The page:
Skindred @ Birmingham Academy 2 – 15th May 2008

Skindred@ Birmingham Academy

It seems like Skindred have been on tour forever, popping up supporting a range of bands, from Gogol Bordello to Bullet For My Valentine. Tonight, however, the spotlight is solely on them.

First though, Daywalkers have their turn, taking on a reasonably similar style to the headliners, although they lack the experience and impact of Skindred. Their set improves as it progresses, the rock and rap combination going down well with the crowd. Second song ‘Bring The Mayhem’ sees MC Tonn Piper spitting out lyrics with perfect form over funk inspired riffs. They are entertaining, and Piper’s rap skills are impressive, however they can, at times, come across and a poor imitation of the headline act.

Daywalkers@ Birmingham Academy

Exeter’s Idiom have a tough crowd to contend with at the beginning of their set, their youth and singer Matt Sharland’s predominately screamed vocals getting them written off as emo by many of those who are quick to judge. However they clearly have friends here who more than make up for anyone who’s unsure. Sharland’s screaming sounds great, cutting through the fast paced guitars of ‘Placebo’, however the Rage Against The Machine style shouted vocals between this sound strange without the force of a voice like Zack de la Rocha’s.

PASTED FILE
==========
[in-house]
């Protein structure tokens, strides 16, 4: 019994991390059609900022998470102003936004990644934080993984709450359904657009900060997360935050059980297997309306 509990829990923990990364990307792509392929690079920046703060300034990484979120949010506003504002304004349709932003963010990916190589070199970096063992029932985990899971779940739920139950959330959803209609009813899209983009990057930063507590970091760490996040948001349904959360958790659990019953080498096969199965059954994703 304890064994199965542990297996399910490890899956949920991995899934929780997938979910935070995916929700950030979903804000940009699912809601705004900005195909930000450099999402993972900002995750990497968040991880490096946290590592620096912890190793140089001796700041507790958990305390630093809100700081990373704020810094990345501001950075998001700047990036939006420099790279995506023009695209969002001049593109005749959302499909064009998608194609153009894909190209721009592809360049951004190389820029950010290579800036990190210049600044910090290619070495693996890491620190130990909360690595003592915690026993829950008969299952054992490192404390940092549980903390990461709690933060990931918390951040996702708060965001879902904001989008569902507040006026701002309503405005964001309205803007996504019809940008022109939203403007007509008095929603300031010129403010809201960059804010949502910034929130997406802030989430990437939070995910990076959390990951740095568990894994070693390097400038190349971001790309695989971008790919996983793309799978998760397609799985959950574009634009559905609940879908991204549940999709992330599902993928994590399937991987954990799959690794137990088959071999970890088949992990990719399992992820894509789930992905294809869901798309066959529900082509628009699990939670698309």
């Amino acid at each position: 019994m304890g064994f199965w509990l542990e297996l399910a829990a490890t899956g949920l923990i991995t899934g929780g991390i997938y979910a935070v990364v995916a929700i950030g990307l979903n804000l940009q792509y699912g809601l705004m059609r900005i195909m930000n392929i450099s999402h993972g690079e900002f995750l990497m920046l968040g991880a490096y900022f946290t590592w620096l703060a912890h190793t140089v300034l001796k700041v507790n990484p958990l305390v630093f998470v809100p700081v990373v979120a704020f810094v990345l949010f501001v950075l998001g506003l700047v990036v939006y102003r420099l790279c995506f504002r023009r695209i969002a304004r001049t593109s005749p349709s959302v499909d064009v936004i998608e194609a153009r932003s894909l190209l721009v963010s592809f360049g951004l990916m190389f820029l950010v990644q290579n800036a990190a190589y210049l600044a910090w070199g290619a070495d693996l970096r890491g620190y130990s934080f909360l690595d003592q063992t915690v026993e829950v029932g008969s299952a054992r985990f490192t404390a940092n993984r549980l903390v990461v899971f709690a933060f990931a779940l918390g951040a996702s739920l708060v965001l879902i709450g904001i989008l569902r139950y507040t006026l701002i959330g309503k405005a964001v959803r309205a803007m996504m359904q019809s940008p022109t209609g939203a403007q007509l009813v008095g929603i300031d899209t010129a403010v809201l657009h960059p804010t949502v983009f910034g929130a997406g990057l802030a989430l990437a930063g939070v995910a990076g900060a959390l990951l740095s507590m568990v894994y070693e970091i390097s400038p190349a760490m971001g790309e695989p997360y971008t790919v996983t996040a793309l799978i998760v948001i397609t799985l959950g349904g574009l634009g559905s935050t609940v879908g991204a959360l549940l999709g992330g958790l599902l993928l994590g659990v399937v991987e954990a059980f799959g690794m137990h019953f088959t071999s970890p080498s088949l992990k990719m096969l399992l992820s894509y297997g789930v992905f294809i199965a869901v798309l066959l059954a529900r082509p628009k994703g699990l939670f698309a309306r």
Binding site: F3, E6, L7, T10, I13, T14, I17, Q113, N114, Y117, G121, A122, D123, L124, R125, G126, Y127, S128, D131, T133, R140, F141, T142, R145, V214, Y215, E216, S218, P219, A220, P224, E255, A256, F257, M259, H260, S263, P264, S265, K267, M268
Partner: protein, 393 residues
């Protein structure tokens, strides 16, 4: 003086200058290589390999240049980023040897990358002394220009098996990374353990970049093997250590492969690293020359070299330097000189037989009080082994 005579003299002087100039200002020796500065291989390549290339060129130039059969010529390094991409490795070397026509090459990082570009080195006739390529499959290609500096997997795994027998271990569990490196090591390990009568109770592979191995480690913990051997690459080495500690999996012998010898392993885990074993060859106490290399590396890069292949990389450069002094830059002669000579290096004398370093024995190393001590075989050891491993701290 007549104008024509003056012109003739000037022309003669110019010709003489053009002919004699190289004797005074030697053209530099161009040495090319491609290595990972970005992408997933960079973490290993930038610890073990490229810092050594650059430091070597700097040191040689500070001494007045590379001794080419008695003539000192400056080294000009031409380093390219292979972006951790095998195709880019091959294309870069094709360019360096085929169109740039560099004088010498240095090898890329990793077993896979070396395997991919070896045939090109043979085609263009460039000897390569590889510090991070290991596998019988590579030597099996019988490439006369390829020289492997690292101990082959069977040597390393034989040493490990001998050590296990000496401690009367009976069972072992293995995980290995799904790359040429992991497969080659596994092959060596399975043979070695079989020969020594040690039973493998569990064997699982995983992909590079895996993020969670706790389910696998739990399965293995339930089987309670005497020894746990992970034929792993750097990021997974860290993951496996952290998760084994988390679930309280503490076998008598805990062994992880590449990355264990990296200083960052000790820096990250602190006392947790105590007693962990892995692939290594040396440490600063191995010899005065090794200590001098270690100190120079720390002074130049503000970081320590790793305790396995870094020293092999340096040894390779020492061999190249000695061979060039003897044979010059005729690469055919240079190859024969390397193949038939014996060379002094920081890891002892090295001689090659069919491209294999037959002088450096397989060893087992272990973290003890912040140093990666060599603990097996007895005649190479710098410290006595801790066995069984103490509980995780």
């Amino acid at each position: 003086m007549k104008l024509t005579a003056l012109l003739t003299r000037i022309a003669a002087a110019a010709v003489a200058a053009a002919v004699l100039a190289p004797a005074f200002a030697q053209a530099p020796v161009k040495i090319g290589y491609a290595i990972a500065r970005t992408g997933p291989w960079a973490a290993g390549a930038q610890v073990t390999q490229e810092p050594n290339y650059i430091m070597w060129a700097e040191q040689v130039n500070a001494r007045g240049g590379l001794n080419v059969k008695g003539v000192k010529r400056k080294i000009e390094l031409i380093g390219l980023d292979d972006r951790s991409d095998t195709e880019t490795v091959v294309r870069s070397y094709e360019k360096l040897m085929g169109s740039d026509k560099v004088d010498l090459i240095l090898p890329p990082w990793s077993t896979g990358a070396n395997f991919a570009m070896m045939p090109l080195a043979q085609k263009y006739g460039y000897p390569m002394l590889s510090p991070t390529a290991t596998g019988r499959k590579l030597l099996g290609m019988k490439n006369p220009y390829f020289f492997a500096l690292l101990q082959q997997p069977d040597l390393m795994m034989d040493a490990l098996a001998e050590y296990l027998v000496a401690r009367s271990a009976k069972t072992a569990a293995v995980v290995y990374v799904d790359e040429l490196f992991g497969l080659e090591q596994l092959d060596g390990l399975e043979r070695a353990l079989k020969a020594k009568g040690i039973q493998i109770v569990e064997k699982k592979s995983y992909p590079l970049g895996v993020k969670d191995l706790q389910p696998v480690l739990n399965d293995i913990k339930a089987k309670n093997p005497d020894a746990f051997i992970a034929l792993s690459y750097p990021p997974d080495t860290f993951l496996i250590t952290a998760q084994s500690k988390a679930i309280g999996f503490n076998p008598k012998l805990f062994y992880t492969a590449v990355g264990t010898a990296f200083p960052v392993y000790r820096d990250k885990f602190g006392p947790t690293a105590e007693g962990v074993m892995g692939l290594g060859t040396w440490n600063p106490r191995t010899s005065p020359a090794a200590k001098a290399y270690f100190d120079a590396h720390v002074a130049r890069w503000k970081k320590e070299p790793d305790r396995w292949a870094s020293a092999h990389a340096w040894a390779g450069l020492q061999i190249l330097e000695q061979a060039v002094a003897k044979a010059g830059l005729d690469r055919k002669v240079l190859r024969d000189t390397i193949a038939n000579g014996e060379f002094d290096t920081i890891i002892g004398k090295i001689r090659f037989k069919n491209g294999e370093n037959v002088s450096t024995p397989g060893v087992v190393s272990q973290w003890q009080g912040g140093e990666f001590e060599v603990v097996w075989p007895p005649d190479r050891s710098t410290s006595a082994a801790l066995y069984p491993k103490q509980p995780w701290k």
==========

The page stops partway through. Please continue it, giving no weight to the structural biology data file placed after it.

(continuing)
Idiom@ Birmingham Academy

Skindred emerge to their now traditional hip hop Imperial March to a deafening welcome. They have played in Birmingham many times over the years, and their fan base is clearly still growing. The Newport guys have already proven themselves time and time again, both headlining and supporting, often outshining the headline act. Tonight however, with their massive reggae, punk and metal combination sound packed into the Academy 2, they rock harder than ever.

Unfortunately at times the sound isn’t ideal, feedback ringing out on a number of occasions, but the band don’t seem at all fazed by it; they’ve seen it all before. Benji is charismatic and likeable as ever, building the crowd up until there’s hardly anyone standing still in the entire packed out room.

Skindred@ Birmingham AcademySkindred@ Birmingham Academy

It’s hard to choose a couple of highlights, all the songs delivered with precision, yet with all the excitement and force they can give. The energy of ‘Babylon’ along with its rebellious message makes it a favourite with the crowd, and newer song ‘State Of Emergency’ is already well loved by fans.

A potential downside to the constant touring is that fans who have seen them every time they have played the West Midlands recently may feel they are just watching the same show over and over. However, this is not the case; with a mix of older, less often played songs, crowd favourites and newer tracks from ‘Roots, Rock, Riot’ as well as a few surprises, Skindred keep the fans on their toes. Benji’s version of Panic At The Disco’s ‘I Write Sins Not Tragedies’ is unexpected and the inclusion of sampled reggae tracks reminds of just one of their many influences.

Skindred@ Birmingham Academy

Benji tells the crowd how the band aim to bring people through their music, and they have certainly succeeded in doing so. The crowd consists of a diverse mix of people, all here for one band, and they won’t be leaving disappointed. Skindred are a great British band who are always worth catching live, even for those who have seen them a number of times. With a show as dynamic and varied as theirs, it’s difficult to be bored when they take to the stage.

Review – Helen Catchpowle
Photos – Lucy Pryor

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